Forget the floating Pacific garbage patch — new trash entering the oceans is much worse

Science Friday
Trash generated on land is flowing into the ocean at much higher rates than previous numbers suggest, according to a new study in the journal "Science."

There are anywhere from five to 13 million metric tons of plastic floating around the world's oceans — from 2010 alone. And that's not even the worst news coming out of a new environmental study.

That study, published in the journal "Science" in February, tried to find out how much ocean-going plastic is being created by humans on land.

Kara Lavender Law, a co-author of the study and a research professor of oceanography at the Sea Education Association in Woods Hole, Massachusetts, explains that her team wanted to measure “what’s coming out of the faucet rather than what's already in the bathtub” — the rate of plastic flowing into the oceans rather than the garbage that already exists.

In doing so, they found a huge and disturbing discrepancy: The study estimates there's anywhere from 20 to 2,000 times more material coming from land than what has been measured out in the ocean.

The scale of the problem is almost unimaginable. To get an idea, consider this: a new technique in Baltimore’s Inner Harbor uses a water wheel to scoop up trash and deposit it into dumpsters. It has collected 148 tons of trash since May 2014. The operators hope to have the harbor clean enough for swimming by the year 2020.

Law’s team looked at the 192 countries around the world that have a coastline and found the biggest contributors were countries that have growing economies. Waste generation rates are increasing very quickly in these developing countries, but they don't have the infrastructure in place to deal with the volume. 

The other big contributors are countries like the United States, high-income countries with high waste-generation rates. “The amount of trash that you and I produce each day is much higher than in most countries around the world,” Law explains. So while developed countries can handle waste better, "if you think about the small percentage of waste that somehow escapes the garbage can or the garbage truck and enters the ocean, this actually translates to a large number."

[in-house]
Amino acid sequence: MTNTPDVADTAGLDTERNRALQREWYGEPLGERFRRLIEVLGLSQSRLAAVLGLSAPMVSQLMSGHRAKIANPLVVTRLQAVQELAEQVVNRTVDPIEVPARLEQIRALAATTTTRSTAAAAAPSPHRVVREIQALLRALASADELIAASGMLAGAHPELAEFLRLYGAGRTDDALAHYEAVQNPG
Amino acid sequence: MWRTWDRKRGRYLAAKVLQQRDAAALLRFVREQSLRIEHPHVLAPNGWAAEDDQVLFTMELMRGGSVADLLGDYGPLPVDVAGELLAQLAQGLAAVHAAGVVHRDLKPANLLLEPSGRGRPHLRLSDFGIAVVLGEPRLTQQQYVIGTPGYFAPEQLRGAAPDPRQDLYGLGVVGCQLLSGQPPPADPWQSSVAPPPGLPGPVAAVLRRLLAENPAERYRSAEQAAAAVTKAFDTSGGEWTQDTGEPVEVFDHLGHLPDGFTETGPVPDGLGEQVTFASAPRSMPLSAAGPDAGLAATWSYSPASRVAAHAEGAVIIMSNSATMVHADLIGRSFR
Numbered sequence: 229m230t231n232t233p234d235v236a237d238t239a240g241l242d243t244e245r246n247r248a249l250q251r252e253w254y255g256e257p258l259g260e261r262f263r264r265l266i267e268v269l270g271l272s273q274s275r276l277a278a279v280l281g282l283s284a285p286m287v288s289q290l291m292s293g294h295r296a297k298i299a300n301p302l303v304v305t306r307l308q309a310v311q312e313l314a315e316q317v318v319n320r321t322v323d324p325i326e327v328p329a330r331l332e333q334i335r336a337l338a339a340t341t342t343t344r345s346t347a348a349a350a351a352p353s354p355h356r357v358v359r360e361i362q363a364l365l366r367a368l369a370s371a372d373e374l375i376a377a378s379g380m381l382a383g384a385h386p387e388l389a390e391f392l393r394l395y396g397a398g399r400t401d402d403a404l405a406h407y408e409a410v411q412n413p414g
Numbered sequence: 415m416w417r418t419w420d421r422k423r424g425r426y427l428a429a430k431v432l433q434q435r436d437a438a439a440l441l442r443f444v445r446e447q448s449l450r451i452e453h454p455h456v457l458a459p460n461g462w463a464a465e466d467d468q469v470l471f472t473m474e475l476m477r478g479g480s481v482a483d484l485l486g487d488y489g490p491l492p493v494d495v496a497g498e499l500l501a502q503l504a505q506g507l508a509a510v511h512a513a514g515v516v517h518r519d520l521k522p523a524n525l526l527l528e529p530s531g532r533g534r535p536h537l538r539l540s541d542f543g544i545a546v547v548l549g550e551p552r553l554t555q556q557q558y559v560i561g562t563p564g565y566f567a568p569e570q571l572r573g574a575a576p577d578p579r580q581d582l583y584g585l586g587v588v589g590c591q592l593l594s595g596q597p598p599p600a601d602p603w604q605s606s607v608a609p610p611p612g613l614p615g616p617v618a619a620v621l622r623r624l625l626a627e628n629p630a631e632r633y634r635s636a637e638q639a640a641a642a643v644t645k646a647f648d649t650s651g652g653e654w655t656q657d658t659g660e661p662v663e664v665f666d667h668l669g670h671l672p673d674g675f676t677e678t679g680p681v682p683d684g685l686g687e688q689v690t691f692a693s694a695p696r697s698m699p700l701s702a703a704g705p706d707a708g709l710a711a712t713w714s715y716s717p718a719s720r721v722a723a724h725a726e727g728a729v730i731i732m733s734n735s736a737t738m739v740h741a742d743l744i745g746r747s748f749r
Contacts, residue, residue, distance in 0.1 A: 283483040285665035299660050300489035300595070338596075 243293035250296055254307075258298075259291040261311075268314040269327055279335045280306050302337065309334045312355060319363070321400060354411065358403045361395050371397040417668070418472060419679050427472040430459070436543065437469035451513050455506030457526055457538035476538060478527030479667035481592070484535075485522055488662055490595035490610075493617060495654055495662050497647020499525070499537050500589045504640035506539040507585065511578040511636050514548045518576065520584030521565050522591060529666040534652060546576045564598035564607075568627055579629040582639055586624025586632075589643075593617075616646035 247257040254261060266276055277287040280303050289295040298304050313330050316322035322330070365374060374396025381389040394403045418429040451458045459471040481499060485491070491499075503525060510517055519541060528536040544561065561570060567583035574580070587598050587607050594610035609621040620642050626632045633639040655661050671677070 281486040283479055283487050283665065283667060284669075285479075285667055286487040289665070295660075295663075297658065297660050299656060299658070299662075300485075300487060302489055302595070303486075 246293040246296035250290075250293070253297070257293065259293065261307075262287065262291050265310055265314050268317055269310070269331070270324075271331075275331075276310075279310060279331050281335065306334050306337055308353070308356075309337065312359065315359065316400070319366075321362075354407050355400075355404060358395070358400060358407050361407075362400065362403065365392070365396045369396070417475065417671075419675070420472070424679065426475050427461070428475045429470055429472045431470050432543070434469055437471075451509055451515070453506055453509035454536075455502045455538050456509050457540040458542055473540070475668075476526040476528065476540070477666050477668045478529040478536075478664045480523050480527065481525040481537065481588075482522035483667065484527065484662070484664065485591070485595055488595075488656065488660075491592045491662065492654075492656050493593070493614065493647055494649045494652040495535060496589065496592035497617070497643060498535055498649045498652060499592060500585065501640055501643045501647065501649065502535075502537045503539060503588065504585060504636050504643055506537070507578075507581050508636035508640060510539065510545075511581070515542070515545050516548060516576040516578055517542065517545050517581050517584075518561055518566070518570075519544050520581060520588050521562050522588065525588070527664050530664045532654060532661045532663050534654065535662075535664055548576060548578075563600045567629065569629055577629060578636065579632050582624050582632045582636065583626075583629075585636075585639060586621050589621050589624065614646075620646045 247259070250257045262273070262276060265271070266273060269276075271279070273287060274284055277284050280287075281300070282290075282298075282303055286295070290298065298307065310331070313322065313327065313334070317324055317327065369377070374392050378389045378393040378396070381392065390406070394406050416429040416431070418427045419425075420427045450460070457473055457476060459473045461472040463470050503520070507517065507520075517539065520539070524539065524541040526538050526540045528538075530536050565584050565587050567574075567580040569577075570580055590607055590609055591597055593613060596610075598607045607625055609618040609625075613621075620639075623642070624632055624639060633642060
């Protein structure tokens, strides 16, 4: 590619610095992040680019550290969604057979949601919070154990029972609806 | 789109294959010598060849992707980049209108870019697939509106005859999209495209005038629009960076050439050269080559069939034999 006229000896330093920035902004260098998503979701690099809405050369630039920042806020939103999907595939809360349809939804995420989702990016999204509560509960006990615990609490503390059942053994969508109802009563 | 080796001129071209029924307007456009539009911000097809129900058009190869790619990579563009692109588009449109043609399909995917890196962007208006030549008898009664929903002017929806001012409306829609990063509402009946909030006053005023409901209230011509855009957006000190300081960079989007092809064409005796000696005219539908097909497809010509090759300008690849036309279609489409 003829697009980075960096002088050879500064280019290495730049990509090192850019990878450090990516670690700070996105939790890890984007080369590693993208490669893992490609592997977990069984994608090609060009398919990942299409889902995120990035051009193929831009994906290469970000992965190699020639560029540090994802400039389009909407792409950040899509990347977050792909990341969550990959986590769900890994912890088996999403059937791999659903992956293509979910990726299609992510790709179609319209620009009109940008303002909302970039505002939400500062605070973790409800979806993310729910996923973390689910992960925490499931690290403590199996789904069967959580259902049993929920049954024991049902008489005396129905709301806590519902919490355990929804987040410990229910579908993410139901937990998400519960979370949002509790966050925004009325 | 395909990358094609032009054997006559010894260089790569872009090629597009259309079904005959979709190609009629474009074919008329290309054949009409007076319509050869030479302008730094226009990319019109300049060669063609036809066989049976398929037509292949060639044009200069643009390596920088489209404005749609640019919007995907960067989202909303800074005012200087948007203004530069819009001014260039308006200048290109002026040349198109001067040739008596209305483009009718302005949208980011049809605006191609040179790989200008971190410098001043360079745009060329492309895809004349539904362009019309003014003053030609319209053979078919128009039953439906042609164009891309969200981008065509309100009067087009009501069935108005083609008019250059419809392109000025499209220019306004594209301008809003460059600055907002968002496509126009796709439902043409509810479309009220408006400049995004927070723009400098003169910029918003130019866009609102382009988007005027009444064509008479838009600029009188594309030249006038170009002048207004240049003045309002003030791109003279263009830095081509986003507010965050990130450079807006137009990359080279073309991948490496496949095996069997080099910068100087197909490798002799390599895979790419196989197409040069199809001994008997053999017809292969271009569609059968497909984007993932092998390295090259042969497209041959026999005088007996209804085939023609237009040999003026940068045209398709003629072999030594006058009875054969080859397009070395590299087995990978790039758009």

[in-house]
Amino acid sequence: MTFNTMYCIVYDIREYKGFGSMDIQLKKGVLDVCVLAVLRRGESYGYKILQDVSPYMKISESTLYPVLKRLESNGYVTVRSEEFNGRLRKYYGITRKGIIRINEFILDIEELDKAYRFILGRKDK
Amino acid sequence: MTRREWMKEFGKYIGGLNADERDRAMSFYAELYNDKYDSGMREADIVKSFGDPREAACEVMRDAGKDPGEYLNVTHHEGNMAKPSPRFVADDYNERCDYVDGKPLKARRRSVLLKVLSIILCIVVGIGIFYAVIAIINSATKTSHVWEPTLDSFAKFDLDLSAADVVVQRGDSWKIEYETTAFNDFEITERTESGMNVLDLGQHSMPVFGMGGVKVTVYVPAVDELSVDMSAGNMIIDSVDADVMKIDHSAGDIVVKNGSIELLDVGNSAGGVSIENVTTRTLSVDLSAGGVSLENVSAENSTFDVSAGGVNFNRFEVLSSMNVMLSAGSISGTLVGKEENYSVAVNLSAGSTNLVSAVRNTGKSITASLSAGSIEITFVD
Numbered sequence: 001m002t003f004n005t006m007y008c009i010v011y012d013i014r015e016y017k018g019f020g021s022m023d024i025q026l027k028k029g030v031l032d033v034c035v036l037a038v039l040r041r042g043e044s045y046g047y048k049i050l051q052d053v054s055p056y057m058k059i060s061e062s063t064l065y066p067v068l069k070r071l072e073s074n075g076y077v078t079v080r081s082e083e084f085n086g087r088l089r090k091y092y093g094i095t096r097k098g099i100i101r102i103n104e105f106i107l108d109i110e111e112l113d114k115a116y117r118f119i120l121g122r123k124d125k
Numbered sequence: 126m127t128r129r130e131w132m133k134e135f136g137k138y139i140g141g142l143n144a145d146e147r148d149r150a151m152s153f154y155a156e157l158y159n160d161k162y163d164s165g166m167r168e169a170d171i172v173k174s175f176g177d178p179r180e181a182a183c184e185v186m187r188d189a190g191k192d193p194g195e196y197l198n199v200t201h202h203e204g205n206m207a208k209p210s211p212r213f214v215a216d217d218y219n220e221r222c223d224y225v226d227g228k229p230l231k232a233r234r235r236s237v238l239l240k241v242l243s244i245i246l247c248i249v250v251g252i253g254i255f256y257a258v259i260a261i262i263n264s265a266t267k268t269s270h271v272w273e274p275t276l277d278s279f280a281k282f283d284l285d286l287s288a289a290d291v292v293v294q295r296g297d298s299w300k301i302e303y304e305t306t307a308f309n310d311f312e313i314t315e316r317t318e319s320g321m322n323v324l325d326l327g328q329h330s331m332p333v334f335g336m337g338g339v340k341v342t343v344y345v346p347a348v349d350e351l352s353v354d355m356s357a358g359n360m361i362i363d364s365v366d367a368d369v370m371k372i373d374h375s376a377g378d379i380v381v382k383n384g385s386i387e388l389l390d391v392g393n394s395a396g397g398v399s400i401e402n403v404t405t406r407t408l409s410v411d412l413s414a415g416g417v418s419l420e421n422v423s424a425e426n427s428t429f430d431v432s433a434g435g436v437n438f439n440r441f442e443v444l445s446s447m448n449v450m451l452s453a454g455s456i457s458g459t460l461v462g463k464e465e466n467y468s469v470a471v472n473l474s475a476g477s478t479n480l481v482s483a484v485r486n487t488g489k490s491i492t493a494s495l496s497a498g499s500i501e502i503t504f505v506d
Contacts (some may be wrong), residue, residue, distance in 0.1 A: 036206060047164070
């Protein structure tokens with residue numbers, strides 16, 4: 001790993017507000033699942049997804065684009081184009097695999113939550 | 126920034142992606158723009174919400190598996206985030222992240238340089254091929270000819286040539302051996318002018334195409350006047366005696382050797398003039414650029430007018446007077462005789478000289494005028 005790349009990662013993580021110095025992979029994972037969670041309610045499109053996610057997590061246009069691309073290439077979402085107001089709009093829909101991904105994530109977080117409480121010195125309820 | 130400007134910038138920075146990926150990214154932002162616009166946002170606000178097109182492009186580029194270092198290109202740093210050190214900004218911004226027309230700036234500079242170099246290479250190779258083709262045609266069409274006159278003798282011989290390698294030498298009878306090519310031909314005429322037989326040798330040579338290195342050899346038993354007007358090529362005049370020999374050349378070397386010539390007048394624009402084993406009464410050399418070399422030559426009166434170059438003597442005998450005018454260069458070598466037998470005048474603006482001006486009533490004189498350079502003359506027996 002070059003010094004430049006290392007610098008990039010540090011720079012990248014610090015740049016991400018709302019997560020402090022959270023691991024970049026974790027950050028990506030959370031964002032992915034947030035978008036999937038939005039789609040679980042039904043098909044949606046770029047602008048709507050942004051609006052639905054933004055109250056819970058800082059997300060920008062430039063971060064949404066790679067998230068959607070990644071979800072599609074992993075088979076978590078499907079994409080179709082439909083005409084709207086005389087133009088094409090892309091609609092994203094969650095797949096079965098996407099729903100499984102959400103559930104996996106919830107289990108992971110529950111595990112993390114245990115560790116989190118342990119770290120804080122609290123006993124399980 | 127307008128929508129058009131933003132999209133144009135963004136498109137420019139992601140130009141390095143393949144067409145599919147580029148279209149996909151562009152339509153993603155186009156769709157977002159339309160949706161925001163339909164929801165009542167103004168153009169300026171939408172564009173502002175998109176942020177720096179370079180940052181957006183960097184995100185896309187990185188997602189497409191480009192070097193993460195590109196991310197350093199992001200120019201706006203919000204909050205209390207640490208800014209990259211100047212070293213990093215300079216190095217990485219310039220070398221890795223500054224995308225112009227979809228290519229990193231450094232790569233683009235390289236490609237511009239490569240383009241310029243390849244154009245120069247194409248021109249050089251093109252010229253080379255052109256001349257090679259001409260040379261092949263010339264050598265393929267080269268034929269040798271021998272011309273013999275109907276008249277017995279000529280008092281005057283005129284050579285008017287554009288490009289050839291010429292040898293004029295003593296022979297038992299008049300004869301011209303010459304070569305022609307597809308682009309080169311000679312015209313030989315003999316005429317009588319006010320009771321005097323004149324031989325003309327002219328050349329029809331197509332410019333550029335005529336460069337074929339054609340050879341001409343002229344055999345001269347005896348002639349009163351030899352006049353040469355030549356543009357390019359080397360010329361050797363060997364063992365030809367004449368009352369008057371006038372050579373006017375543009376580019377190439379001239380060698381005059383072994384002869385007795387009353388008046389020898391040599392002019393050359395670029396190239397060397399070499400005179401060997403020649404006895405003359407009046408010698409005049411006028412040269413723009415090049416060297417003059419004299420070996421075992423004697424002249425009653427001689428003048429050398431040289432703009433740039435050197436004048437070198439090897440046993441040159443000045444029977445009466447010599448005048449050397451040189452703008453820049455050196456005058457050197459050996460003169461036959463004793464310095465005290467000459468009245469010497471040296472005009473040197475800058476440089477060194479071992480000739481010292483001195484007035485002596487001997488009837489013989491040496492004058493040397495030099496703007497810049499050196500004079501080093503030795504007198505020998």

The immediate solution is better waste management — building infrastructure in countries that don’t have effective ways to capture the waste. In places where infrastructure already exists, the goal is to reduce the overall amount of waste.

Law also notes her study looked only at waste generated on land — it didn't account for things like containers of Nikes that fall off ships, or material that flows into the ocean from natural disasters like hurricanes, floods or tsunamis. And while researchers suspect waste from land makes up the biggest share, Law says it's important to know where waste is coming from when designing solutions to the problem. That's why the next phase of their work will focus on identifying the sources of the plastic.

There's also another major problem that needs more investigation: Micro-plastics, which are typically a millimeter or two in size. Scientists know they are easily eaten by a wide variety of marine animals, ranging from invertebrate marine worms and barnacles up to sea birds, sea lions and even whales.

Yet Law says "we don't have a good sense of how small plastic breaks down in the ocean. If you talk to the polymer scientists, they'll tell you that it'll just turn into smaller and smaller pieces, down to nanoparticles, and it'll still remain a plastic polymer. But we don't have a good sense of how many of those nanoparticles are out there; we don't have a good way to measure them just yet.”

And the toxins associated with those plastics have big dangers of their own.

“We know that when plastics are manufactured, a variety of additives are included to give them certain properties: flexibility or flame retardant or color. And some of these additives are known toxins,” Law says. When they're drifting in the ocean, these particles act as little sponges, so they accumulate additional persistent toxins that have been in the ocean for decades — things like PCBs and DDT.

“We're concerned that when animals eat these little bits of plastic, those toxins might transfer into their tissues and potentially up the food web. In laboratory work this has been shown to occur,” Law says. “But right now we're not entirely clear on the risk in the actual ocean.”

This story is based on an interview that aired on PRI's Science Friday with Ira Flatow.

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